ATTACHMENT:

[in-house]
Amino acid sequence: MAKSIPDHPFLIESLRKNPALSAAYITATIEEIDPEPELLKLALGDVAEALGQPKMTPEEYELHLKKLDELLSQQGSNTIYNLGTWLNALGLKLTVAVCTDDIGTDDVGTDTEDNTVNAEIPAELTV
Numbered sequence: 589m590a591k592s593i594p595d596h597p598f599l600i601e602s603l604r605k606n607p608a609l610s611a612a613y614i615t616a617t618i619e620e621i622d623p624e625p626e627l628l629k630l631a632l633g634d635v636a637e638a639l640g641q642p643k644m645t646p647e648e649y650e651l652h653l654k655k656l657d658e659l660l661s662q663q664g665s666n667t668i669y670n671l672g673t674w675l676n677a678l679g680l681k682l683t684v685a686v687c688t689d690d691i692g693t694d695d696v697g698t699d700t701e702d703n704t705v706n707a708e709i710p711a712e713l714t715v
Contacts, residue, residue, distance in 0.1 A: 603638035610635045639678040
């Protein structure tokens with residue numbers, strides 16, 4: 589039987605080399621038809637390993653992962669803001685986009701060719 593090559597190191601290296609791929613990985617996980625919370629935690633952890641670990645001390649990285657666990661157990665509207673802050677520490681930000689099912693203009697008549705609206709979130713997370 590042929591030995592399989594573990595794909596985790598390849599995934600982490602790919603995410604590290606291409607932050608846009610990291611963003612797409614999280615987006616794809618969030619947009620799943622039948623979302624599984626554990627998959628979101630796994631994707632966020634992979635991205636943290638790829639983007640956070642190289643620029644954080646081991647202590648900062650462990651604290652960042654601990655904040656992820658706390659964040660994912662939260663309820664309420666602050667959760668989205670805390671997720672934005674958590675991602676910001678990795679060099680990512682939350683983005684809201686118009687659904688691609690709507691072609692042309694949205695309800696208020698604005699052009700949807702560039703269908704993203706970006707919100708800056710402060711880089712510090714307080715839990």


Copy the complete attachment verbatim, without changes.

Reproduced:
[in-house]
Amino acid sequence: MAKSIPDHPFLIESLRKNPALSAAYITATIEEIDPEPELLKLALGDVAEALGQPKMTPEEYELHLKKLDELLSQQGSNTIYNLGTWLNALGLKLTVAVCTDDIGTDDVGTDTEDNTVNAEIPAELTV
Numbered sequence: 589m590a591k592s593i594p595d596h597p598f599l600i601e602s603l604r605k606n607p608a609l610s611a612a613y614i615t616a617t618i619e620e621i622d623p624e625p626e627l628l629k630l631a632l633g634d635v636a637e638a639l640g641q642p643k644m645t646p647e648e649y650e651l652h653l654k655k656l657d658e659l660l661s662q663q664g665s666n667t668i669y670n671l672g673t674w675l676n677a678l679g680l681k682l683t684v685a686v687c688t689d690d691i692g693t694d695d696v697g698t699d700t701e702d703n704t705v706n707a708e709i710p711a712e713l714t715v
Contacts, residue, residue, distance in 0.1 A: 603638035610635045639678040
């Protein structure tokens with residue numbers, strides 16, 4: 589039987605080399621038809637390993653992962669803001685986009701060719 593090559597190191601290296609791929613990985617996980625919370629935690633952890641670990645001390649990285657666990661157990665509207673802050677520490681930000689099912693203009697008549705609206709979130713997370 590042929591030995592399989594573990595794909596985790598390849599995934600982490602790919603995410604590290606291409607932050608846009610990291611963003612797409614999280615987006616794809618969030619947009620799943622039948623979302624599984626554990627998959628979101630796994631994707632966020634992979635991205636943290638790829639983007640956070642190289643620029644954080646081991647202590648900062650462990651604290652960042654601990655904040656992820658706390659964040660994912662939260663309820664309420666602050667959760668989205670805390671997720672934005674958590675991602676910001678990795679060099680990512682939350683983005684809201686118009687659904688691609690709507691072609692042309694949205695309800696208020698604005699052009700949807702560039703269908704993203706970006707919100708800056710402060711880089712510090714307080715839990």